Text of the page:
8. Armueller2001

    Armueller2001

    Sep 19, 2006
    Dallas, TX
    I'm a big fan of the "flex your rights" videos. I think that's what you're referring to... I definitely think that "I don't consent to any searches" and "Officer, am I free to go or am I being detained?" are two of the most important sentences to remember. To detain an individual they must have probable cause that a crime has been committed or a law broken.
     
  9. fitbass3p

    fitbass3p

    Oct 7, 2006
    Madison, WI
    That's not quite correct. In most states, they can legally detain you for a small period of time in order to ascertain that nothing illegal has been done. And if you refuse to show ID, you can bet that the cop is probably going to do everything in his legal authority to make sure that you are willing to show ID the first time, on the next occasion you might be asked ;)
     
  10. Armueller2001

    Armueller2001

    Sep 19, 2006
    Dallas, TX
    "In the case of Terry v. Ohio, 392 U.S. 1 (1968), the Supreme Court of the United States held that police have the ability to do a limited search for weapons of areas within the suspect’s control based on a reasonable and articulable suspicion that the person stopped was "armed or dangerous" and had been, is, or was about to engage in a criminal act. The type of frisk authorized by this decision has become known as a Terry stop and frisk or simply Terry stop.

    A Terry stop has two parts: the stop and the frisk. When Terry stopping someone, the officer must have a reasonable suspicion that criminal activity has been, is being, or is about to be committed. During the course of the law enforcement agent's stop, if the officer feels that the suspect is in possession of a weapon that is of danger to him or others, he may conduct a patdown of the suspect's outer clothing garments to search for weapons."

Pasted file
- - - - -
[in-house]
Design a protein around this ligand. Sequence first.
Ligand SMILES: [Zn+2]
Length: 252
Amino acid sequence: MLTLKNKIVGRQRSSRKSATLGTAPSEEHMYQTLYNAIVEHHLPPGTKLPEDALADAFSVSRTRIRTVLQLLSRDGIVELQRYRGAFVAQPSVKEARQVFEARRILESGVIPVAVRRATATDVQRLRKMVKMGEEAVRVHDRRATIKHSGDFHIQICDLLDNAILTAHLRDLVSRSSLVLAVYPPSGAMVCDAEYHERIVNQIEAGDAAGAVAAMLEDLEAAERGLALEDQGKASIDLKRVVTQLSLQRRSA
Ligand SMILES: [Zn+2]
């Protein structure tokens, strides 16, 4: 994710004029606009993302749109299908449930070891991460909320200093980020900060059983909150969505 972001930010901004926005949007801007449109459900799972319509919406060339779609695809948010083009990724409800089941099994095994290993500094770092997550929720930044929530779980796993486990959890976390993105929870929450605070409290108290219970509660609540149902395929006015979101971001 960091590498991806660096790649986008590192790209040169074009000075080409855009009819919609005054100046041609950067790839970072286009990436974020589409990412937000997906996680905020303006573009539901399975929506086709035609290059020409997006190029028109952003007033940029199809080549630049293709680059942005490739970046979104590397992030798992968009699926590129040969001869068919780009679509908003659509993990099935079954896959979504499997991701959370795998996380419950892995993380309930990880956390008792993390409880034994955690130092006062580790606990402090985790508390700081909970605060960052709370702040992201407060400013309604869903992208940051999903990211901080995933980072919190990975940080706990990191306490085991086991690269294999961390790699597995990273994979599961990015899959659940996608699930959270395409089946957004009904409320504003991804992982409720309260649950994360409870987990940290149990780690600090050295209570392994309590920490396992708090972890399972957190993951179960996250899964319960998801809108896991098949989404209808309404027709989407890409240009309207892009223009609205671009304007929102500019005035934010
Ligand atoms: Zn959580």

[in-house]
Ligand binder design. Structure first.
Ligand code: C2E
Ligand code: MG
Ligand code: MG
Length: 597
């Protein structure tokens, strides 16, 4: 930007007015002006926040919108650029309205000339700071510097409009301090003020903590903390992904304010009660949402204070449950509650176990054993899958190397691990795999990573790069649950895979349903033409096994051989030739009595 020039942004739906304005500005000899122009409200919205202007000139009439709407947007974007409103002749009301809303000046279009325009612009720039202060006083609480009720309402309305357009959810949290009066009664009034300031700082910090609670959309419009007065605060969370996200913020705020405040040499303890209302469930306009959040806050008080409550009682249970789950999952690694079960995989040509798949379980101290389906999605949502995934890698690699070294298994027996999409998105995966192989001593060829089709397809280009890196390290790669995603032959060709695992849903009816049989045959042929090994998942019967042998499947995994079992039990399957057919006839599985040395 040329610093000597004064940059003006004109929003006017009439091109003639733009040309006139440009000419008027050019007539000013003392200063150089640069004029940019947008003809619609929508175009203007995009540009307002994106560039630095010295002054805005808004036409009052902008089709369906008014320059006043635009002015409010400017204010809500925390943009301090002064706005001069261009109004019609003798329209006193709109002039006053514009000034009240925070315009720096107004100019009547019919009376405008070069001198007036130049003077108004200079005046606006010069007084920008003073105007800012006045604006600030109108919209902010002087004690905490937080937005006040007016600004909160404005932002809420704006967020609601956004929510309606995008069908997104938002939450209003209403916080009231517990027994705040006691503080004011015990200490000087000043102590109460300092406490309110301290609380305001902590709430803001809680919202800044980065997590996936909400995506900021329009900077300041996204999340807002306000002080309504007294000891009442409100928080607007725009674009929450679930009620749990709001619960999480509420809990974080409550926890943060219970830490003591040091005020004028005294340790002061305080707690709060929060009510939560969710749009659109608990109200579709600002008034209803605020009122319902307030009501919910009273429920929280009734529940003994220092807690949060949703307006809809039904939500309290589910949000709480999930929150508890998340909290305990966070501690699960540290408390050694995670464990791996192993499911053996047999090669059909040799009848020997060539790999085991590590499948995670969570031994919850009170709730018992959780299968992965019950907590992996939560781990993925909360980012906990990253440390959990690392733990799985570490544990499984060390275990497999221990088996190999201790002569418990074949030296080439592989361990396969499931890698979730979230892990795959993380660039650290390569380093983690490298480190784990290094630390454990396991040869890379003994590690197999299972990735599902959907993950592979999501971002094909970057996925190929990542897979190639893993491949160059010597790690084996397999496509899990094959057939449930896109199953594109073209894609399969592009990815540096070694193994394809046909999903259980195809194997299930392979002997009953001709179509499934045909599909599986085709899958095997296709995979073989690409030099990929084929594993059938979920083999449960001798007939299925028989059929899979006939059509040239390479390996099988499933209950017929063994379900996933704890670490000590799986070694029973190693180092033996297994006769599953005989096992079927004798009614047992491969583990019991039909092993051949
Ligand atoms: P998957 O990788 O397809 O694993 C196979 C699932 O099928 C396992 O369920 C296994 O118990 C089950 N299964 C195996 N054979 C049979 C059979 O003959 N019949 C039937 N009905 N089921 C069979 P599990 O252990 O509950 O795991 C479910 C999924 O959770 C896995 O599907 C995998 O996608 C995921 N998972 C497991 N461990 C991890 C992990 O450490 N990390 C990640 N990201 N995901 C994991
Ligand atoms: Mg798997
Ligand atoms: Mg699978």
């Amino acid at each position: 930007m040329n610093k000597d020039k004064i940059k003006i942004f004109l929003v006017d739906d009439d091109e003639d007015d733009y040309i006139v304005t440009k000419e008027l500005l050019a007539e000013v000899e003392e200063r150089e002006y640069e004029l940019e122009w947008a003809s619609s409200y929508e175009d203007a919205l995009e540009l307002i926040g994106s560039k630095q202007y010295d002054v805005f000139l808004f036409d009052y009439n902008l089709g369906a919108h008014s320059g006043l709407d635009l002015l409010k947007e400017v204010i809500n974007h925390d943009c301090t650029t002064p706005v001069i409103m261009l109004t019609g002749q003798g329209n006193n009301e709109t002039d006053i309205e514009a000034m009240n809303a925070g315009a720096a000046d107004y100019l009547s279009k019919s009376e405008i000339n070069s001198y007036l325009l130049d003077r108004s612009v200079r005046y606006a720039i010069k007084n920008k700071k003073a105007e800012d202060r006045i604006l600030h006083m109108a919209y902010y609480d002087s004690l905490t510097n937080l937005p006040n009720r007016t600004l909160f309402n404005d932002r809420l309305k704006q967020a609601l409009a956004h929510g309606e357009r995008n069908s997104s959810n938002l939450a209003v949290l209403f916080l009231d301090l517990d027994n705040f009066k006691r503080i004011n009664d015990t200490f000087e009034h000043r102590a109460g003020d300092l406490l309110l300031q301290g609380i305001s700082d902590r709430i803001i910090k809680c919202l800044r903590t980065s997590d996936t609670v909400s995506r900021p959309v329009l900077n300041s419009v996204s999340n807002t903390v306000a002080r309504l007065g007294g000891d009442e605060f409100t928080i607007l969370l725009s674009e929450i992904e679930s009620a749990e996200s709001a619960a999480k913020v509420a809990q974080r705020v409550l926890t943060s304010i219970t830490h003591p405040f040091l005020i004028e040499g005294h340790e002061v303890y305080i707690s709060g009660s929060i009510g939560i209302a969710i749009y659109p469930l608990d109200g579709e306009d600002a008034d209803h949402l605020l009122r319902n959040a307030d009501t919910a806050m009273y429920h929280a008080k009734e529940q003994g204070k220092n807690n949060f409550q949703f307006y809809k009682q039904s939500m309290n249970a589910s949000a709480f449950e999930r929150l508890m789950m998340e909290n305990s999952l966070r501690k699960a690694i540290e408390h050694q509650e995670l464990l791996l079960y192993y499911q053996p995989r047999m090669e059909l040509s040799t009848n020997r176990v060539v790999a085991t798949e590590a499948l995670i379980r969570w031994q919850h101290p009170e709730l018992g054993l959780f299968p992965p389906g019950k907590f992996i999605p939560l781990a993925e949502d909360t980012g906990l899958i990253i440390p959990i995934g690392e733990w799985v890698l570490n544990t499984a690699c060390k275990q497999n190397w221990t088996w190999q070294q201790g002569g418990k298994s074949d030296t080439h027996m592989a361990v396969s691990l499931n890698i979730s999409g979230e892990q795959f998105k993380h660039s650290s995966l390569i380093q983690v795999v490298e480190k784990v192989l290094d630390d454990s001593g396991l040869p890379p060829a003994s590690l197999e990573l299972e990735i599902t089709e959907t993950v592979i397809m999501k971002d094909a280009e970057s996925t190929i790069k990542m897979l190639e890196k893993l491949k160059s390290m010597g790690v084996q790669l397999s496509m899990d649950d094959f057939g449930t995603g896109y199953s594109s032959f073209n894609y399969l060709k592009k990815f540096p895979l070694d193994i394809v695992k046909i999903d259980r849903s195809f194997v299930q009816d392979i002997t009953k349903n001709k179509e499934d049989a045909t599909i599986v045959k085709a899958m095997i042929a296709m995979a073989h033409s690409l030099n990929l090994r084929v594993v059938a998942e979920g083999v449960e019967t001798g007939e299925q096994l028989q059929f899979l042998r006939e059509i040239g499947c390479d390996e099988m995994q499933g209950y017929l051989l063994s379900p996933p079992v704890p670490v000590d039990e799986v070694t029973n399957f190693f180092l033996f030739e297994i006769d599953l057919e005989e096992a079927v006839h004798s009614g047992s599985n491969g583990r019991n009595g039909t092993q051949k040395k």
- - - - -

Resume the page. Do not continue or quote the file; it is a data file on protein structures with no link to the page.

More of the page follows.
http://en.wikipedia.org/wiki/Frisking

    The bold sentence means they must have suspicion of a crime to detain you, correct? They can't just detain you for walking down the street and ask for your name and why you're there...
     
  11. fitbass3p

    fitbass3p

    Oct 7, 2006
    Madison, WI
    Ahh, but they can, for seemingly no reason. There could have been a robbery on the next block over that you know nothing about. To you, it's a random stop with no justification. The suspicion does not come from you, but your proximity to something else that happened. However, in this case it's just the officer trying to do his job to make sure that the the right person gets caught.

    For the most part, in reality, you're right. A police officer is probably not going to go out of their way to detain you unless you've done something to provoke "reasonable and articulable suspicion." To keep tying it back to your original post, though, not providing ID in the situation I just gave would be valid justification of suspicion, and the officer would probably detain you as suspect. However, it is still legal for you to not provide ID in that case. Just a bad idea.